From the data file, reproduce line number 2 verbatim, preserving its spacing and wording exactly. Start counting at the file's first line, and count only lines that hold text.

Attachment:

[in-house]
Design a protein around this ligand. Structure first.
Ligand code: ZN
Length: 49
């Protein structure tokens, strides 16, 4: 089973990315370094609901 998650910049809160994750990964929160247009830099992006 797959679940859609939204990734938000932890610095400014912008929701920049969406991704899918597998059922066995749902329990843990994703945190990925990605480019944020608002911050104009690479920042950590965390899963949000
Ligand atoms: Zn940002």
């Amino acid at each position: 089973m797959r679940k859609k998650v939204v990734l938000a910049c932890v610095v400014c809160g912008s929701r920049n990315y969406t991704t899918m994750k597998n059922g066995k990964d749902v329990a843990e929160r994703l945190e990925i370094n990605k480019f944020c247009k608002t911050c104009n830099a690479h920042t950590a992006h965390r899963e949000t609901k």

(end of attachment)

Design a protein around this ligand. Structure first.